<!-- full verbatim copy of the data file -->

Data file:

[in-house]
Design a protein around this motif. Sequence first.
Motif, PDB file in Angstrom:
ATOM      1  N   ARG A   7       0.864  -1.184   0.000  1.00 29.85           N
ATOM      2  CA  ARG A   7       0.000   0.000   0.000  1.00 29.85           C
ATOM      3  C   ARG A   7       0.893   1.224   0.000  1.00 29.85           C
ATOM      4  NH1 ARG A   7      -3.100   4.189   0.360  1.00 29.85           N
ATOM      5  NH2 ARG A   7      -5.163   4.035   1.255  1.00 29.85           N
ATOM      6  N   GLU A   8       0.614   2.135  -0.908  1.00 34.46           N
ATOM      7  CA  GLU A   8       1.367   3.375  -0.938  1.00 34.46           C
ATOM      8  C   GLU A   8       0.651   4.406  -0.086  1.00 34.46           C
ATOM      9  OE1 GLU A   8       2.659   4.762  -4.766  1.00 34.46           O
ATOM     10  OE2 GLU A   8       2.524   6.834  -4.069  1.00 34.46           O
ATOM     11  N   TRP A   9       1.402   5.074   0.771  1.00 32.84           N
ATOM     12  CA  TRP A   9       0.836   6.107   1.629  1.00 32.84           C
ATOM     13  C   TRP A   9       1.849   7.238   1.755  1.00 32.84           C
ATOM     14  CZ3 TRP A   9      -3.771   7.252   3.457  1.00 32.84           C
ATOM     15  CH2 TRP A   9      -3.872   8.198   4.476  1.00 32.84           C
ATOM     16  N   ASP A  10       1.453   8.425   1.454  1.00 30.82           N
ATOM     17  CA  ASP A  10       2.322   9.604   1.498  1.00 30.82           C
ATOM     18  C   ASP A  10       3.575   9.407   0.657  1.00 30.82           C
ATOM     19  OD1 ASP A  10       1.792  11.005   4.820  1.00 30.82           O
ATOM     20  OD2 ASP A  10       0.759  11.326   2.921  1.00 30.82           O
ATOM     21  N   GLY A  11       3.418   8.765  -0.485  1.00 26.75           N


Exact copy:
[in-house]
Design a protein around this motif. Sequence first.
Motif, PDB file in Angstrom:
ATOM      1  N   ARG A   7       0.864  -1.184   0.000  1.00 29.85           N
ATOM      2  CA  ARG A   7       0.000   0.000   0.000  1.00 29.85           C
ATOM      3  C   ARG A   7       0.893   1.224   0.000  1.00 29.85           C
ATOM      4  NH1 ARG A   7      -3.100   4.189   0.360  1.00 29.85           N
ATOM      5  NH2 ARG A   7      -5.163   4.035   1.255  1.00 29.85           N
ATOM      6  N   GLU A   8       0.614   2.135  -0.908  1.00 34.46           N
ATOM      7  CA  GLU A   8       1.367   3.375  -0.938  1.00 34.46           C
ATOM      8  C   GLU A   8       0.651   4.406  -0.086  1.00 34.46           C
ATOM      9  OE1 GLU A   8       2.659   4.762  -4.766  1.00 34.46           O
ATOM     10  OE2 GLU A   8       2.524   6.834  -4.069  1.00 34.46           O
ATOM     11  N   TRP A   9       1.402   5.074   0.771  1.00 32.84           N
ATOM     12  CA  TRP A   9       0.836   6.107   1.629  1.00 32.84           C
ATOM     13  C   TRP A   9       1.849   7.238   1.755  1.00 32.84           C
ATOM     14  CZ3 TRP A   9      -3.771   7.252   3.457  1.00 32.84           C
ATOM     15  CH2 TRP A   9      -3.872   8.198   4.476  1.00 32.84           C
ATOM     16  N   ASP A  10       1.453   8.425   1.454  1.00 30.82           N
ATOM     17  CA  ASP A  10       2.322   9.604   1.498  1.00 30.82           C
ATOM     18  C   ASP A  10       3.575   9.407   0.657  1.00 30.82           C
ATOM     19  OD1 ASP A  10       1.792  11.005   4.820  1.00 30.82           O
ATOM     20  OD2 ASP A  10       0.759  11.326   2.921  1.00 30.82           O
ATOM     21  N   GLY A  11       3.418   8.765  -0.485  1.00 26.75           N